As Debt Ceiling Nears, Several Bills Offer A Path Forward

Michi Iljazi

October 22, 2015

The country is $18.4 trillion in debt and in less than two weeks (November 3) the country will hit the debt ceiling.  With mere days to find a solution there is a real need to ensure the full faith and credit of the United States remains in tact with responsible legislation from Congress. The Taxpayers Protection Alliance (TPA) is hopeful Congress can pass legislation that will not only address the debt ceiling, but also make inroads towards real spending reduction.

Washington has been here before and once again it is getting to a critical point where there are only days left to act.  This is a growing trend and TPA is dismayed with last minute deals and the habit of governing by crisis. However, this most recent crisis has led to a number of serious proposals aimed at dealing with this problem in a responsible, reasonable, and long term manner.

One plan has emerged in the House is H.R. 3771, The Terms of Credit Act (TCA), put forward by the Republican Study Committee (RSC) headed by Rep. Bill Flores (R-Texas). TCA is a comprehensive solution that puts forth a multi-pronged strategy to dealing with the debt limit.

Here are the key components of the Terms of Credit Act:

  • Increase on the statutory debt limit of  $1.5 trillion, a total of $19.6 trillion
  • Freeze any new or significant regulatory action through July 1, 2017
  • Requires a House vote on a Balanced Budget Amendment
  • Strict enforcement of spending levels using the FY 2016 Concurrent Resolution on the Budget, in which mandatory cuts total $3.8 trillion over a ten-year period

The Terms of Credit Act would force the House to work through the appropriations process and keep lawmakers in session until the work they are required to do by law is completed. TPA has repeatedly pushed Congress to get back to regular order and abide by the budget process and pass appropriations bills to properly fund the government. This legislation would do just that. TPA supports The Terms of Credit Act and is grateful for Chairman Flores’ work on this issue.

Several other pieces of legislation have been put forth from members of Congress in recent weeks that also tackle the issue of the debt ceiling, including one that passed the House just yesterday.

First, H.R. 692, the Default Prevention Act sponsored by Rep. Tom McClintock (R-Calif.) would require the United States Treasury Department to “continue to borrow to pay the principal and interest on certain obligations if the debt of the United States exceeds the statutory limit.”  The bill also requires the Treasury to provide a full accounting to Congress of any borrowing made to meet the debt obligations owed by the United States. The Default Prevention Act was passed Wednesday by a vote of 235-194 and the White House has issued a veto threat.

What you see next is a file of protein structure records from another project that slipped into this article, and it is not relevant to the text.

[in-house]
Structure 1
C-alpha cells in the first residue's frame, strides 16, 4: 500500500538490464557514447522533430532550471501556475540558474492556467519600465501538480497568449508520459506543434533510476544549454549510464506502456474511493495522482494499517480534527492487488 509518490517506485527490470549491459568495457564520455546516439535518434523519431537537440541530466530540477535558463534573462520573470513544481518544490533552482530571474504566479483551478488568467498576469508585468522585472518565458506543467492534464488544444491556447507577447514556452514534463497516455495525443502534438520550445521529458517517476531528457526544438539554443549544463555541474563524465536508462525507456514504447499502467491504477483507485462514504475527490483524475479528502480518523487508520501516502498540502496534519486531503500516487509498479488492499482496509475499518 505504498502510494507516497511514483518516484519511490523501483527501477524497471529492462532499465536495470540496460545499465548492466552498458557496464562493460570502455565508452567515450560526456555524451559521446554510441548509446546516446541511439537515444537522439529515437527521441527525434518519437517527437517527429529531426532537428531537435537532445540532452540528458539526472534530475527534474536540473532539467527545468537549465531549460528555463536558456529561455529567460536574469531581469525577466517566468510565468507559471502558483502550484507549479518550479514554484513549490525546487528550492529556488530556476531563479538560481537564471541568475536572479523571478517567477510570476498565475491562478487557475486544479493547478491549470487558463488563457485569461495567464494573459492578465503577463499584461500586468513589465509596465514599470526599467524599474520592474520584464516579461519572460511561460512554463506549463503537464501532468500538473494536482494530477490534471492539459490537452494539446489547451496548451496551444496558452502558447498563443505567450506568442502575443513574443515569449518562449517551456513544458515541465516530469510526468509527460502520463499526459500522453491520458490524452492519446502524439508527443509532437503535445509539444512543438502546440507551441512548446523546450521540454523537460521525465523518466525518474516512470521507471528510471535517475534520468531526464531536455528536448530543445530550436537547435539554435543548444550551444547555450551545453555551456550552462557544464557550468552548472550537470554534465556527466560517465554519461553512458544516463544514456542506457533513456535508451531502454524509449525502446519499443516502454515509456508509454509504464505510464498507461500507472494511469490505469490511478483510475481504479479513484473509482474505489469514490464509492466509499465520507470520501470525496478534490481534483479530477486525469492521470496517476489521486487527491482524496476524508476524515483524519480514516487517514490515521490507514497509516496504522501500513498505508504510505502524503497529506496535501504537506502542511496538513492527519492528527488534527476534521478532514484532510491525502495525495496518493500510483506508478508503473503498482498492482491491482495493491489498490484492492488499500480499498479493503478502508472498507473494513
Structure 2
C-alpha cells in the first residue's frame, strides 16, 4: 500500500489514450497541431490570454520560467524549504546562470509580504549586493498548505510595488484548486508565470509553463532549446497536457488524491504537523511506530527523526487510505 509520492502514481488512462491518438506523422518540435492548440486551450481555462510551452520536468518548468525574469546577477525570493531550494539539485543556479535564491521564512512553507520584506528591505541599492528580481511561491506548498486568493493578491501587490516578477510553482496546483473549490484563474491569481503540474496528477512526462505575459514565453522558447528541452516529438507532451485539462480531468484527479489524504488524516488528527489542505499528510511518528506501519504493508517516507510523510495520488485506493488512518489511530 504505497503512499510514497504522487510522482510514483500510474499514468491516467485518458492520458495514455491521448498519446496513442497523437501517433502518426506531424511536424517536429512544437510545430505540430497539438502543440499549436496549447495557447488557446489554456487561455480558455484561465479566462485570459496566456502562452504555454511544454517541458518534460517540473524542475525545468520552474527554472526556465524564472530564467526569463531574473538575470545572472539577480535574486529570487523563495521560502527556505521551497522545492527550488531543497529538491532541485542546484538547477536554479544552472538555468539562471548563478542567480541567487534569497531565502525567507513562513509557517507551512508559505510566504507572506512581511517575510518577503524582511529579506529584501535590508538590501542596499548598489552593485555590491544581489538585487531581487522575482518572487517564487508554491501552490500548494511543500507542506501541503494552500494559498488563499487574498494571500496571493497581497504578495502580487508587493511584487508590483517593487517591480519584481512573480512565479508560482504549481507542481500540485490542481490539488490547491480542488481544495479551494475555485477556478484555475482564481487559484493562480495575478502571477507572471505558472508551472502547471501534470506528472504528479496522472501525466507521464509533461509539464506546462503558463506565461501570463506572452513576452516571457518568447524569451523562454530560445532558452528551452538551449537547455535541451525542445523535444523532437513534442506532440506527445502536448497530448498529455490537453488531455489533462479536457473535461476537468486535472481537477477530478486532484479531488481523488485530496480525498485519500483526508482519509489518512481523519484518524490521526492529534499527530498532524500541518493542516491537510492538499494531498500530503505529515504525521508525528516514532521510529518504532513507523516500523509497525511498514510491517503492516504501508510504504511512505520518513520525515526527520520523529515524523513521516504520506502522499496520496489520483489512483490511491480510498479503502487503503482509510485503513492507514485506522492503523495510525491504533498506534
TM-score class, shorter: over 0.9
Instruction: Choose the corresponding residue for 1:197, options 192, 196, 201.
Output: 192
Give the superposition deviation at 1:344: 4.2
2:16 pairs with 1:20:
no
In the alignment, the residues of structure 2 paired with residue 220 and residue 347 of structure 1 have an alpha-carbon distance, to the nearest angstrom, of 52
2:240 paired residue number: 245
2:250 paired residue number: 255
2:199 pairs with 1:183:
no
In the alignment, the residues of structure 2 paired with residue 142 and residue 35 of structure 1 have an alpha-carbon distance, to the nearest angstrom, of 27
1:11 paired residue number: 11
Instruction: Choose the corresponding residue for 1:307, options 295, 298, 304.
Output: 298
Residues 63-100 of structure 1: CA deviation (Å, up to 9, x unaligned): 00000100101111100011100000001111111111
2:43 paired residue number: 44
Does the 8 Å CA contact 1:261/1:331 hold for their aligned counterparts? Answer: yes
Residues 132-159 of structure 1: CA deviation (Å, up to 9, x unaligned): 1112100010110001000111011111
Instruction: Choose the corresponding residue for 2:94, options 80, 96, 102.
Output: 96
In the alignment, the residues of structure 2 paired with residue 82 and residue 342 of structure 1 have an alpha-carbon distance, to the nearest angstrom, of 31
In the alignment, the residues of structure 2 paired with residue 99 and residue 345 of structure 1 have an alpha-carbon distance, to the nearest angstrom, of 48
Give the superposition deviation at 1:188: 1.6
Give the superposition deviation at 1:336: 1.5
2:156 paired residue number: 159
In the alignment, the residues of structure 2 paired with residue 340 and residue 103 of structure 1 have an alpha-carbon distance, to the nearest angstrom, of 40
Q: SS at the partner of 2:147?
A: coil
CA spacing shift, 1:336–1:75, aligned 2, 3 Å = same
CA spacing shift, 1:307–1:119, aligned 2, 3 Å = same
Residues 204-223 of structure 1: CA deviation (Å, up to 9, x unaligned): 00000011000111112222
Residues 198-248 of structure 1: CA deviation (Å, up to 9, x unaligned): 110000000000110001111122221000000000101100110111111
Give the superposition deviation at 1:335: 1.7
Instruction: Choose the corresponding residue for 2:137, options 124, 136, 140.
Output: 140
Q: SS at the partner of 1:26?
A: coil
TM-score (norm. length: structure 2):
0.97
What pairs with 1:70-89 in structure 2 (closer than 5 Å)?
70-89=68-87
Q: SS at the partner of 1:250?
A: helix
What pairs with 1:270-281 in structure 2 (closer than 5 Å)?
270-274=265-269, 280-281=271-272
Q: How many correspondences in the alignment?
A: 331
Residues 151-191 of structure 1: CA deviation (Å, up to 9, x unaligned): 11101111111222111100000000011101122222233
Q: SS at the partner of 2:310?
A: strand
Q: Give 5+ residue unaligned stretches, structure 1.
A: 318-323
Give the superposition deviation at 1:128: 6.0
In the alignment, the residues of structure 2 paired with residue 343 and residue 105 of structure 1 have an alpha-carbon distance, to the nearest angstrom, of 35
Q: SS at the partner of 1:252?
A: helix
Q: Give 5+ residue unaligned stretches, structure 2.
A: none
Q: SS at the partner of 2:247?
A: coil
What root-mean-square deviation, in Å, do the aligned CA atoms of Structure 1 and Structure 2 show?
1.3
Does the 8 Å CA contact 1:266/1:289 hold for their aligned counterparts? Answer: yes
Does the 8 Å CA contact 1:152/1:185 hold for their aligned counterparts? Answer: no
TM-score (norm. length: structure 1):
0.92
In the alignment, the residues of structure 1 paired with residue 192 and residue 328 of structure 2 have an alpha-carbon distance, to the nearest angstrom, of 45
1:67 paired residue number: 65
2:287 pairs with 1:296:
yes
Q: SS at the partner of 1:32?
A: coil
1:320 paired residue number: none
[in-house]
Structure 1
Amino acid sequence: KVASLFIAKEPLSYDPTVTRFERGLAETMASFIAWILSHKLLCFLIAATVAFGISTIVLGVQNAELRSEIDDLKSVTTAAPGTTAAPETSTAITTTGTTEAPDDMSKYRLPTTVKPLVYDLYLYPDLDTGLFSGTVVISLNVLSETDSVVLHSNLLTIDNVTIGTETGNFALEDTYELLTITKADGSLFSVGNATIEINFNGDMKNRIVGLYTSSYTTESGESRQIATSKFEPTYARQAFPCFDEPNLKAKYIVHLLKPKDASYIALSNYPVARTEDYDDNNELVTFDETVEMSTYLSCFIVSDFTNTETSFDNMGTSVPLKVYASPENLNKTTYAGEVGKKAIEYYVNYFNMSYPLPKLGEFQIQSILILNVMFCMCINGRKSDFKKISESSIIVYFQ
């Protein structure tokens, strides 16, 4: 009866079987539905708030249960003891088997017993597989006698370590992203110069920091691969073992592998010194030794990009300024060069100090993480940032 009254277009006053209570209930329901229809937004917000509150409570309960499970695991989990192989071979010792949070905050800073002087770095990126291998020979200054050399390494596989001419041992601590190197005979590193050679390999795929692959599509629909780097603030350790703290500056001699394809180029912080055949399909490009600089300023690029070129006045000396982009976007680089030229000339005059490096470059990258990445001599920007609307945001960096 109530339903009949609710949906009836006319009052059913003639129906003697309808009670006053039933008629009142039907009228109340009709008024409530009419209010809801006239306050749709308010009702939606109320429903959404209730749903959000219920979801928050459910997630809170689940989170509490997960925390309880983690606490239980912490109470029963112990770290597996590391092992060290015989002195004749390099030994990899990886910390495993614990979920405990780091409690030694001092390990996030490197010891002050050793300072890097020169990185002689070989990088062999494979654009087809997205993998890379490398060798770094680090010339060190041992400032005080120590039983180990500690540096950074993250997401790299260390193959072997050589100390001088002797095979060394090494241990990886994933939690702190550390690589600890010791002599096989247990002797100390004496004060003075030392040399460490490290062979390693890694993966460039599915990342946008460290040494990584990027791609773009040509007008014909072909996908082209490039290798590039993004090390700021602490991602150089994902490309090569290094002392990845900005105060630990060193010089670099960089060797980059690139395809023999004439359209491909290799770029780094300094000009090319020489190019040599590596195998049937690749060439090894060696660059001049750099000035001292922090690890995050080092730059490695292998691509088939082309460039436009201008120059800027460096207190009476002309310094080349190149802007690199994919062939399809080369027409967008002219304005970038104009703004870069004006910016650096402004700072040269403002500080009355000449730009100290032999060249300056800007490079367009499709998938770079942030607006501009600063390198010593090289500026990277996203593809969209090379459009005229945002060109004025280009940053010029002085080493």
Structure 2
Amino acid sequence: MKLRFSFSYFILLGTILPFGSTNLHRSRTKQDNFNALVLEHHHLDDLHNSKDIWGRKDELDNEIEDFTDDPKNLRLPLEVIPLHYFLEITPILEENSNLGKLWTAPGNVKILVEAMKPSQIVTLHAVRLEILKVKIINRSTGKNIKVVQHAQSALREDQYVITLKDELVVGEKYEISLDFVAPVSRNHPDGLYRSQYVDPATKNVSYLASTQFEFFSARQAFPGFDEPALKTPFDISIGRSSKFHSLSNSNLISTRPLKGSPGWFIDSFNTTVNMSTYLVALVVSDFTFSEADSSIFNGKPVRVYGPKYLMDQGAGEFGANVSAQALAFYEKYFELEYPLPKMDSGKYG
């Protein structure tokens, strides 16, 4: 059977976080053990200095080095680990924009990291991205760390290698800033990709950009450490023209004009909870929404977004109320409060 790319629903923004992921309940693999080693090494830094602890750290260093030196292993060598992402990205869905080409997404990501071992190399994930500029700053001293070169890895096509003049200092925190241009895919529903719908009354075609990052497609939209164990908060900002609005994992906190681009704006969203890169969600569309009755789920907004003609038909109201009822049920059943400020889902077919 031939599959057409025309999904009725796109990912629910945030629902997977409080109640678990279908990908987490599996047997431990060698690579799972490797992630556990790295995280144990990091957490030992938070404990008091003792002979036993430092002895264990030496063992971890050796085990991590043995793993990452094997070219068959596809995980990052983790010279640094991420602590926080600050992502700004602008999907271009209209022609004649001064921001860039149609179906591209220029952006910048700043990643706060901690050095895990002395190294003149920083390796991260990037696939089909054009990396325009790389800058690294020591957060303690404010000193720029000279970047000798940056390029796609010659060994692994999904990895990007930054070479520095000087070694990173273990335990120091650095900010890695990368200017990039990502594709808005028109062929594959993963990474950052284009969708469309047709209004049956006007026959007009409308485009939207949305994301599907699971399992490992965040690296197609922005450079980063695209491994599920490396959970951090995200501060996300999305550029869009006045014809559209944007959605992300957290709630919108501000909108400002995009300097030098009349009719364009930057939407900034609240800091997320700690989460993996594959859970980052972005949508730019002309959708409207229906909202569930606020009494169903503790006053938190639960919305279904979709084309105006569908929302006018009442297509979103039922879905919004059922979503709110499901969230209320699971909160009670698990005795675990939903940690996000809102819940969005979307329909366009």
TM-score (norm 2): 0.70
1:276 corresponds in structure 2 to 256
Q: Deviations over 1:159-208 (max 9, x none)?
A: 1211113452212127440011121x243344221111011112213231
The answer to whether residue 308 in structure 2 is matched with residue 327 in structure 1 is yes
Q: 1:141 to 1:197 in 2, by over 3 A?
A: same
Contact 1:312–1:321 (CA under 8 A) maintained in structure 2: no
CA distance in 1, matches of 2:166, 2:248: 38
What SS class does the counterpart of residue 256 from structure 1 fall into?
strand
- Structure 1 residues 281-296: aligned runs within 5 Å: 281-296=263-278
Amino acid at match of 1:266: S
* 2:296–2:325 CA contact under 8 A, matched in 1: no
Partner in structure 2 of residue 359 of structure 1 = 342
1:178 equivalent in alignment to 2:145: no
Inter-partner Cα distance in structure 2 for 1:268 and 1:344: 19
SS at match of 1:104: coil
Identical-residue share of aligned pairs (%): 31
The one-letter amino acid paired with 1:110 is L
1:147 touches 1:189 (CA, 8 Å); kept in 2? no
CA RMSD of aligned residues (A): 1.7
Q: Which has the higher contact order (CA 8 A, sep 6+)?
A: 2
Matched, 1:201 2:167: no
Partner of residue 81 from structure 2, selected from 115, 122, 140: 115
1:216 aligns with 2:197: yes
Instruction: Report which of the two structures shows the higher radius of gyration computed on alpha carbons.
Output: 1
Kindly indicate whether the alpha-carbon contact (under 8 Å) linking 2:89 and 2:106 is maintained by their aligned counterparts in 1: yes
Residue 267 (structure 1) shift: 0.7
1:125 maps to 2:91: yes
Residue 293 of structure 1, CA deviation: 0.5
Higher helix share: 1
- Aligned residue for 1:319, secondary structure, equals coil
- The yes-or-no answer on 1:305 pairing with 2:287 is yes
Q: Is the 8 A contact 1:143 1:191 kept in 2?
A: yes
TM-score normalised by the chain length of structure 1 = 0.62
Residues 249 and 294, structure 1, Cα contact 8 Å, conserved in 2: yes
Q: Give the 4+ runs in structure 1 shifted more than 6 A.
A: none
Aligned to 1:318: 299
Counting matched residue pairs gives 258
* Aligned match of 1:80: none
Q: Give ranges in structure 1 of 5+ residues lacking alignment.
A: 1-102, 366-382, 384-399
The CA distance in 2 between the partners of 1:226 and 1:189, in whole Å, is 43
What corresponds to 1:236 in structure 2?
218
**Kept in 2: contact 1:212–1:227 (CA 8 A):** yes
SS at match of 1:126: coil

Another bill, H.R. 3442, the Debt Management and Fiscal Responsibility Act of 2015, sponsored by Rep. Kenny Marchant  (R-Texas), would require the United States Treasury Department to “provide a report to Congress prior to any date on which the Secretary anticipates the public debt will reach the statutory limit.”  This Bill would ensures proper oversight from Congress requiring Treasury to provide a full accounting of any proposals, projections, and other related activities by the Treasury Department in regards to dealing with the debt limit and how to prevent defaulting. The Debt Management and Fiscal Responsibility Act of 2015 was passed out of the Ways and Means Committee on September 10, 2015 and awaits further action on the floor.

Finally, H.R. 3753, the Debt Ceiling Alternative Act sponsored by Rep. Dave Schweikert (R-Ariz.), would “require that the Government prioritize all obligations on the debt held by the public in the event that the debt limit is reached, to require the sale of Federal assets, and for other purposes.” The bill also guarantees proper oversight from Congress and requires Treasury to provide a full accounting in relation to “the principal on mature obligations and interest that is due or accrued of the United States,” and other accounting related to the Treasury Department’s handling of the debt limit.

November 3, 2015 is fast approaching and what taxpayers need from Congress are substantive solutions that prevent the United States from defaulting on our debt and pave the way to cut spending in a responsible manner. What RSC Chair Rep. Flores and other members have put forth represent a concerted effort to tackle the current debt limit problem.  Now it’s time for the House move forward on these solutions. TPA will be following developments on all the legislation listed above as well as what happens with the debt ceiling.

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